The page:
At the United Nations Headquarters correspondents let out a barrage of questions to Egyptian diplomats about their Al Jazeera colleagues' harsh sentences and try to shake international reactions
“Free the journalists. Journalism is not a crime,” was the refrain bouncing off the walls inside a meeting room packed with UN correspondents, staffs members, as well as diplomats who attended an event held by the United Nations Correspondent Association [UNCA] at the UN headquarters.
It was the hope that the three Al Jazeera English journalists – Peter Greste, Mohamed Fahmy and Baher Mohamed – who have already spent six months in prison, would be freed during this week’s hearing. But, the Egyptian judiciary wasn’t holding back in giving a harsh sentence this past Monday.
Mr. Greste and Mr. Fahmy were handed seven-year sentences, while producer Mr. Mohamed received a 10-year sentence. This roused a steam of anger amongst other journalists across the globe, calling for all correspondents to let their voices be heard.
President of UNCA, Pamela Falk correspondent for CBS, spoke out about the crisis saying, “We stand united in one voice against this. Journalists need to be protected. On a human rights basis, the UN can do this, so we call on all member states to do what is needed so that their voices can be heard.”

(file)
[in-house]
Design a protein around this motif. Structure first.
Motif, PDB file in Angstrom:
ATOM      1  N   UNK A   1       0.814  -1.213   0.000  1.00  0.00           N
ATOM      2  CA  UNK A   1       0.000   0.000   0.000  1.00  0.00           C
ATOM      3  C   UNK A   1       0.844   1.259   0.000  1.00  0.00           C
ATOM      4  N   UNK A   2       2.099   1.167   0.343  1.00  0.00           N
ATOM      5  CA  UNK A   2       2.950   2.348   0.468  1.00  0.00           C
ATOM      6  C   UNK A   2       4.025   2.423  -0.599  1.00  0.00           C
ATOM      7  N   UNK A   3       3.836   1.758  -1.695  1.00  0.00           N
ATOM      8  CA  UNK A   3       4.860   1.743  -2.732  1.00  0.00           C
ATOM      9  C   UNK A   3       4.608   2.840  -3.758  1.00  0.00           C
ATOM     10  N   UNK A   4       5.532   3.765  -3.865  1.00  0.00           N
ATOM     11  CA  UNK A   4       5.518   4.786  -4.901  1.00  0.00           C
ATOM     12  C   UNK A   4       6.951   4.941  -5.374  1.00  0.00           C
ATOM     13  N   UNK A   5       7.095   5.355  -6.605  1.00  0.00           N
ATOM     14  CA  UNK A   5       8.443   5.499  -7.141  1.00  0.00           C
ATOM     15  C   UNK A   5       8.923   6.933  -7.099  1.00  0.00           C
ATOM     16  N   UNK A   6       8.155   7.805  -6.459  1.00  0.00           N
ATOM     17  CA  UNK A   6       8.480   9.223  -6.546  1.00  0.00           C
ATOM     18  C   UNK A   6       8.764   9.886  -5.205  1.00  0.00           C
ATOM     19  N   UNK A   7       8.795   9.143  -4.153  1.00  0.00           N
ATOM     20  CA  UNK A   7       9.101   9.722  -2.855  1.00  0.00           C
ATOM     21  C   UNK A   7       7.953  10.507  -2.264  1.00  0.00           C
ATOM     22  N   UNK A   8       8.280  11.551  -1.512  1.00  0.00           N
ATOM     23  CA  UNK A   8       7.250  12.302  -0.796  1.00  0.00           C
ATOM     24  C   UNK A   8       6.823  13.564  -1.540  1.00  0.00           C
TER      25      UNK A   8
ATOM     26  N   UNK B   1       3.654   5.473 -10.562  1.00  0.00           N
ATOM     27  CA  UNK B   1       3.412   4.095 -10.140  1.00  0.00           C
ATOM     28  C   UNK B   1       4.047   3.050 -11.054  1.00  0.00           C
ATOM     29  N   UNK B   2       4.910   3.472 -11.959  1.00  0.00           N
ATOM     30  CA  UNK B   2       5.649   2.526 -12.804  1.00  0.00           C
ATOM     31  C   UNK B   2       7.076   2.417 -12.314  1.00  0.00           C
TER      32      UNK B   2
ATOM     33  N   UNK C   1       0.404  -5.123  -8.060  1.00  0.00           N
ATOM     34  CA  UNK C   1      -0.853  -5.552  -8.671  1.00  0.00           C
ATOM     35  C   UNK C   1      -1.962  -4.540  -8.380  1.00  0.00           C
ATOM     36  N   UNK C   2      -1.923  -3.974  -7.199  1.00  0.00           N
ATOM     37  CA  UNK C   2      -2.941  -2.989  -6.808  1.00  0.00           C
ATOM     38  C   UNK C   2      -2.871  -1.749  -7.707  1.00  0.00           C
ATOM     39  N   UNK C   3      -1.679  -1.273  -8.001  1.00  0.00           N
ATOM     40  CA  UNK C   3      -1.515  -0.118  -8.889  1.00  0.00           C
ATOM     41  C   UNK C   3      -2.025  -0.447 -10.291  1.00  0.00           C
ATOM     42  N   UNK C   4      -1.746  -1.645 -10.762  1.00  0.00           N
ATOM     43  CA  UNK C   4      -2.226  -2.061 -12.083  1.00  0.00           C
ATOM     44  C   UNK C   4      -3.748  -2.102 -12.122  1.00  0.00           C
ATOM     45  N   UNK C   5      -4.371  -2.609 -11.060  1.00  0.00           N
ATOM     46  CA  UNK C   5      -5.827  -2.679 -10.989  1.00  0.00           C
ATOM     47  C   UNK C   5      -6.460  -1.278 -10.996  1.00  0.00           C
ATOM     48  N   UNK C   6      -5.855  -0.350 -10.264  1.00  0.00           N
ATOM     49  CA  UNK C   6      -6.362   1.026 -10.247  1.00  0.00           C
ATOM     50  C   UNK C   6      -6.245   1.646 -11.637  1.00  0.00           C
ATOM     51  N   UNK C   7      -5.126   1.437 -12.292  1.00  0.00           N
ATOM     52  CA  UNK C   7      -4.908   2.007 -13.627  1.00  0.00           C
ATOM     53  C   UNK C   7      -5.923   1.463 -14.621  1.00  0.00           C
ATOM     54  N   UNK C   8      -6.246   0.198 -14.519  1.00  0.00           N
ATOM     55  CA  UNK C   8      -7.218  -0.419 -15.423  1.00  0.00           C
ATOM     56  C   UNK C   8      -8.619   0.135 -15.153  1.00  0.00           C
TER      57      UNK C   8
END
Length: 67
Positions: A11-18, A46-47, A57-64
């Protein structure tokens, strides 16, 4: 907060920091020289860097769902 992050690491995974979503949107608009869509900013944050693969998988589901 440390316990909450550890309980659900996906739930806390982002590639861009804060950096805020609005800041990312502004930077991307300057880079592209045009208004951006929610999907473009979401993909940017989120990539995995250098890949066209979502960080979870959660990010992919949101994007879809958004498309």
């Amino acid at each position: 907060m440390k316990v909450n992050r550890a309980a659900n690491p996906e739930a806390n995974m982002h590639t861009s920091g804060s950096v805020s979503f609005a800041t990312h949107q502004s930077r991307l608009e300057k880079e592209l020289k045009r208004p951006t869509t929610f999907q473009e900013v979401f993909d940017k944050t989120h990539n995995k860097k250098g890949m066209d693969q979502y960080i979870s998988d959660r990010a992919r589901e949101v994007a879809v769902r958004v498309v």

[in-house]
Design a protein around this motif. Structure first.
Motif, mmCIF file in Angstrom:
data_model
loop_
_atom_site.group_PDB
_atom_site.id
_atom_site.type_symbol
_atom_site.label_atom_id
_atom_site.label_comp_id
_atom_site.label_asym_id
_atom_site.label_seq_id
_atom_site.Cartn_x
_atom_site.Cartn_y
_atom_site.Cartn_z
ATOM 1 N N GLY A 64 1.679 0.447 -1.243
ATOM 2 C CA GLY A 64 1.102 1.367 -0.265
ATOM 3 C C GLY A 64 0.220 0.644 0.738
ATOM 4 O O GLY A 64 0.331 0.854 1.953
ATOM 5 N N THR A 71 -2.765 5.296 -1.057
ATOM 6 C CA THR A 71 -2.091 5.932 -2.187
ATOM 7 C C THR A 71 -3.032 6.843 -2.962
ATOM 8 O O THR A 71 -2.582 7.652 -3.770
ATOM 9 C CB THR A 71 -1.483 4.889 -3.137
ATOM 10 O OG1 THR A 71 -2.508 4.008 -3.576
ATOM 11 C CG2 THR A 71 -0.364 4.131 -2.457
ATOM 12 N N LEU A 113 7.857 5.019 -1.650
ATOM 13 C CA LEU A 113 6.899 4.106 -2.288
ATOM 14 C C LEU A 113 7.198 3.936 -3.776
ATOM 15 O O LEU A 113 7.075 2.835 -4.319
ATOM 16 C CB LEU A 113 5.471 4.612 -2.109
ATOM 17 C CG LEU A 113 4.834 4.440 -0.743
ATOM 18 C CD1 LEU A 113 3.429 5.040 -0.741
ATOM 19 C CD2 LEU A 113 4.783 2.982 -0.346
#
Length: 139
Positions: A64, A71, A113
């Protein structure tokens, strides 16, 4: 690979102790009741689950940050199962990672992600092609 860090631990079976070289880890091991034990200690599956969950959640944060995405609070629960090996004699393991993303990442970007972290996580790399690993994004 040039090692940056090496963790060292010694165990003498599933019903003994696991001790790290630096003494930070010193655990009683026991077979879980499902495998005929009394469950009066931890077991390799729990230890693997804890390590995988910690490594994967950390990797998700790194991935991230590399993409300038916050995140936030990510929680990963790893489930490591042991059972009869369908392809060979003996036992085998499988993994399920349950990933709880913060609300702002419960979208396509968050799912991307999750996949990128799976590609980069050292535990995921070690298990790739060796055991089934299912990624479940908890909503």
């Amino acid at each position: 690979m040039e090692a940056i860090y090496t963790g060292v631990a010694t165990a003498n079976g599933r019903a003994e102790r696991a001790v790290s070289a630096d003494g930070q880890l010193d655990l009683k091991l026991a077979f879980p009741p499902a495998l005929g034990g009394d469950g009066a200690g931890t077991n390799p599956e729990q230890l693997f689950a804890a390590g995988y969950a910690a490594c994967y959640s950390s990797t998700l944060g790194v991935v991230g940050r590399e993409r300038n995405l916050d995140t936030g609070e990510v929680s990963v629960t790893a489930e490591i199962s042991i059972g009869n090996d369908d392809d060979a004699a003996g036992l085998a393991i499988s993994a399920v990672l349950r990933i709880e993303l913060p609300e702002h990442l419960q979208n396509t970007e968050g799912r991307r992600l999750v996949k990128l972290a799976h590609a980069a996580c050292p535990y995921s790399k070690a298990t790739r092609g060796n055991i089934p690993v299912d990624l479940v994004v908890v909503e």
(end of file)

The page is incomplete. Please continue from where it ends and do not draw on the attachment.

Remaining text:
Although Egyptian authority figures mustered up courage and attended the UN event, the country’s Deputy Ambassdor Osama Abdelkhalek was ‘placed under the gun’ by heavy questions. Journalists simply wanted more information on the charges; sentencing; the ‘whats’, the ‘whys’ and the ‘whens.’
Mr. Abdelkhalek maintained his poise as he responded that he fully trusts the Egyptian legal system and that it is totally independent. He explained that there is a time frame for the appeals process and that it occurs in three stages.
“My perception is that this is only the first stage, however I cannot comment on the judicial system, nor can I intervene until all the stages are completed. However, I have collected all the concerns of the journalists who are present here today.” He went on to say that there are roughly 1,200 foreign journalists working in Egypt and none were harassed.
But Rob Mahoney, Deputy Director of the Committee to Protect Journalists [CPJ] wasn’t too keen on those words. His retort was that the situation in Egypt has been drastically deteriorating and is the largest “jailer of journalists in the entire world.”
“Since the regime, over 60 journalists have been jailed in Egypt, including these three. That’s even more than in Syria, so we ask the Egyptian government to please release them.” he added.
Al Jazeera America’s president, Kate O’Brian, added her own few words: “You know the saying ‘If you have nothing to say then change the topic?’ Well that’s what this [Mr. Abdelkhale’s comment] is, because so far over 200 journalists [around the world] have been imprisoned for telling the truth.”
While photographs of the three journalists were being shown on a screen in the room, the network’s CEO Ehab Al Shihabi, voiced his support. “Look at these men. These aren’t the faces of criminals,” he said. “The same people trying to bring about changes in the world are the ones put in jail. So the world is standing today to say that these men don’t deserve this.”
The purpose of the UNCA meeting at the UN was to keep Egypt under pressure, by way of the international community, in order to speed up the process of appeal. And at the solemn ending of the event, Mr. Mahoney pointed to three empty chairs and said, “Symbolically, we are holding three seats here at the front of the room to signify the places where these men should be.”